Home Ownership is Fleeting
Millennials are less likely to claim home ownership by age 30 than baby boomers at the same age. A report by the Standford Center on Longevity that 48% of Baby Boomers owned homes by thirty versus 36% of Millennials.
A huge factor that plays into this figure is the number of unmarried Millennials – 55% of married Millennials own homes while only 19% of single Millennials do. The average age of marriage is rising – where in the 1950’s and 60’s the average age was 20, now the average age is 27.4 and rising according to the US Census Bureau historical marital status tables.
Other factors are increased housing costs, high student debt, and need for some workers to relocate.
The largest beneficiary, in my view, of lower home ownership is the landlord or corporation who rents out their home or apartment. As home ownership decreases, you’ll see the rise of more publicly traded REITS which take investor money, plop down new apartment units, and pay a share of the profits to their investors while driving away private investors through economy of scale price reductions. Private investors can employ a strategy involving buying, rehab/renovating, renting, and then refinancing to chain purchase multiple investment properties. As competition between private and public investors increases, the prices for properties goes up – further distancing potential first time home buyers. As long as there is a strong rental demand, the potential for cashflow means investors may buy in bulk.
Renters who pay more in rent than they otherwise would pay on a mortgage gain no principal ownership in their residence. While they may forgo having to fix home appliances and heating/plumbing they will gain nothing when they leave. Home owners with typical 30 year loans will have principal invested into their home and may be fortunate enough to have their house sell for more than it was purchased for. Historically house price appreciation is the norm, especially for homes in good locations. Depreciation of the house structure is usually offset by the appreciation of land value that the house sits on.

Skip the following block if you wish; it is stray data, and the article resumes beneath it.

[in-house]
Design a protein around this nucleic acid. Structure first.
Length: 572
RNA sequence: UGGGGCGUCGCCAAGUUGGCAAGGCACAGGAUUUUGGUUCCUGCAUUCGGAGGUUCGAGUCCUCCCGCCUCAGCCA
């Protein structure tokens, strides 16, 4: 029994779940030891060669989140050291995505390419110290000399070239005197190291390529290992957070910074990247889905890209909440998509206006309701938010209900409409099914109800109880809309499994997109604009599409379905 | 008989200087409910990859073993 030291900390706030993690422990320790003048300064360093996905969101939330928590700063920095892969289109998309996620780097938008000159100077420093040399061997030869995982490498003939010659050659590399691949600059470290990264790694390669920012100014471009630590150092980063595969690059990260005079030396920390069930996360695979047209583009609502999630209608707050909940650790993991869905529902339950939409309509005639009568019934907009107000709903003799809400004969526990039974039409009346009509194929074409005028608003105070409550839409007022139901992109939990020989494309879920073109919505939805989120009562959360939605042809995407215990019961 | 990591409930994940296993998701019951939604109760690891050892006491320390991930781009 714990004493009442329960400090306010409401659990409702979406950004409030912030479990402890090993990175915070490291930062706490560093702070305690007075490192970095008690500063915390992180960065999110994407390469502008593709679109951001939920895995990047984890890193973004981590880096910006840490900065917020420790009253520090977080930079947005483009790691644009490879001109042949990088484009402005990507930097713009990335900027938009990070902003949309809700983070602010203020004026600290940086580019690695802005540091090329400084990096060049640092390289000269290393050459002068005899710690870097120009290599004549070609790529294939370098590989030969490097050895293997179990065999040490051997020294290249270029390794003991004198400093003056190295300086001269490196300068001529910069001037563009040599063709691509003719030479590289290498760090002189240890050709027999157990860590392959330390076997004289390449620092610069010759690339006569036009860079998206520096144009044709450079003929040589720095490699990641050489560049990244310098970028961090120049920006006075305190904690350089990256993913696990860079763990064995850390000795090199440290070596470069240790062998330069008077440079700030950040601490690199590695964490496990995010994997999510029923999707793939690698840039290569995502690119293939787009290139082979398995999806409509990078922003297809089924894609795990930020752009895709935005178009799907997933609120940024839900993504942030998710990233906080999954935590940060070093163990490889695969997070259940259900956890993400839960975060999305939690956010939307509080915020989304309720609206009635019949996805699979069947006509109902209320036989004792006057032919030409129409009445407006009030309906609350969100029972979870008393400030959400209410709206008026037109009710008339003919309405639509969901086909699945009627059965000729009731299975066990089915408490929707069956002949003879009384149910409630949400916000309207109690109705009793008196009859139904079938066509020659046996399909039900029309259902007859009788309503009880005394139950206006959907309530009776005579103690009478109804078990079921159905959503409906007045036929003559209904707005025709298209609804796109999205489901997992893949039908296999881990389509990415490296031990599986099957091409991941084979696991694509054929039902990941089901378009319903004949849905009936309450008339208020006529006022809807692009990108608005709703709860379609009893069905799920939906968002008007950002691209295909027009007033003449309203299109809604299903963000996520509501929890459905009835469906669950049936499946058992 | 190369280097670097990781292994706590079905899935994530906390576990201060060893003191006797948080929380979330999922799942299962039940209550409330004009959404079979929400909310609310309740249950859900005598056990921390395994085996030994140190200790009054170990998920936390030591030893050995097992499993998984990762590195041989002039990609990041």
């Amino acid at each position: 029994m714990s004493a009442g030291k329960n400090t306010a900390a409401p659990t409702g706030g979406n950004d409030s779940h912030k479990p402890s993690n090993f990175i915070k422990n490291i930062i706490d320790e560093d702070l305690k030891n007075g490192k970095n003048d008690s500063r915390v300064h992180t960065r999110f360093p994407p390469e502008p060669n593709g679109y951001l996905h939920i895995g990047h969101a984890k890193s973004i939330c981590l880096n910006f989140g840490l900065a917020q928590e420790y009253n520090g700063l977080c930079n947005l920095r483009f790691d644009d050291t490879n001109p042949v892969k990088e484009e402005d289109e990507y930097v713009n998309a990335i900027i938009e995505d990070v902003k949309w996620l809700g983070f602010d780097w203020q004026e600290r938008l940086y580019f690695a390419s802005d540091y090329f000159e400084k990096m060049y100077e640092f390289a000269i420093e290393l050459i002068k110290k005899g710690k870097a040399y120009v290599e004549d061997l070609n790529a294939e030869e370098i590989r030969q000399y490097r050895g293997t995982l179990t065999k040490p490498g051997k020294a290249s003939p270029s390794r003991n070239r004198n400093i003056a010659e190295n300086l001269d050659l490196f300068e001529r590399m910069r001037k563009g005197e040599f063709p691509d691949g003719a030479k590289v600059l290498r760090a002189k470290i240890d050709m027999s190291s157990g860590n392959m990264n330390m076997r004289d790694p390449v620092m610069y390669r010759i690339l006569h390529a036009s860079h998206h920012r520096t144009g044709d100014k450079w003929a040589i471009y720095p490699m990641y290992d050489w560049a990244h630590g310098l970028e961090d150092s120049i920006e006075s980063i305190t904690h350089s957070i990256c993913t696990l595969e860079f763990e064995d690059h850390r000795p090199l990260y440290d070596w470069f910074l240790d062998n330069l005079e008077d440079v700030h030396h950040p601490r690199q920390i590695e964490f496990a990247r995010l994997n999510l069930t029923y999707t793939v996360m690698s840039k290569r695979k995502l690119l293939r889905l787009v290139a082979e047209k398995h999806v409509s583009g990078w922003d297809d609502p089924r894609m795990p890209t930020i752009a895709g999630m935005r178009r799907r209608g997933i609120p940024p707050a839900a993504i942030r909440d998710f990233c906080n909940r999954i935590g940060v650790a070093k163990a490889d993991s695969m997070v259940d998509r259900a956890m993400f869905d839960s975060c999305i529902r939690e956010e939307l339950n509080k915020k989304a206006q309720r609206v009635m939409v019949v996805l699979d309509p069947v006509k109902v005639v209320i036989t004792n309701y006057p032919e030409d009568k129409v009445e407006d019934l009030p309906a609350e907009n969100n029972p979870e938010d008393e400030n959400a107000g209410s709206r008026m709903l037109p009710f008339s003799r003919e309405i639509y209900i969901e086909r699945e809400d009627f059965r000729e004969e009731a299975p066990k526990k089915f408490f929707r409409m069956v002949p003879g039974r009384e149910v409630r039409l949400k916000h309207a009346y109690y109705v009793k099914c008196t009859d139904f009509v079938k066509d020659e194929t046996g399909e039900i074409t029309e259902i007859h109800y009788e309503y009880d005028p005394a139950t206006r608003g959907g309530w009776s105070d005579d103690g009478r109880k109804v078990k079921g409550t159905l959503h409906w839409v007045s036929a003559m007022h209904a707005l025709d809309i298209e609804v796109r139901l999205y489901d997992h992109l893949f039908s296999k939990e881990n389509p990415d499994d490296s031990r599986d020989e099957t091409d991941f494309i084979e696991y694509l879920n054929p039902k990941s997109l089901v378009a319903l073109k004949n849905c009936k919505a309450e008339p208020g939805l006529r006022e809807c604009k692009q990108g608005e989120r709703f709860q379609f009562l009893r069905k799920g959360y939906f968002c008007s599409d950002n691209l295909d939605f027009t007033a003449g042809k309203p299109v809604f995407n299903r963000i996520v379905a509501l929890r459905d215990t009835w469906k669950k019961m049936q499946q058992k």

Renters are also at the whims of the landlord or property management company as to when their rents will go up. When I first started working my rent started at $880 in Atlanta and it went up to $1000 by the time I left 3 years later. This was not because they had improved the property – in fact the property slowly got worse. The reason they could increase rent is because demand was up – population growth and an influx of new younger workers means more people looking for rent. It is simply business.
What Should Younger People Do?
First off, everyone should choose what they want to do with their own lives. I can’t dictate that someone should study engineering rather than political science as much as I can force you to like the color orange more than brown. However, as this website aims to help people get a higher return on their money I would 100% encourage younger people to buy a home rather than rent one. I would ask them to take advantage of the historically low interest rates and get a low interest rate mortgage which limits how much the bank can increase interest rates. Pay a mortgage of equivalent value to what they’re paying in rent and look to save money and buy a rental property. Take advantage of the fact that your peers are renting and rent to them instead of from them.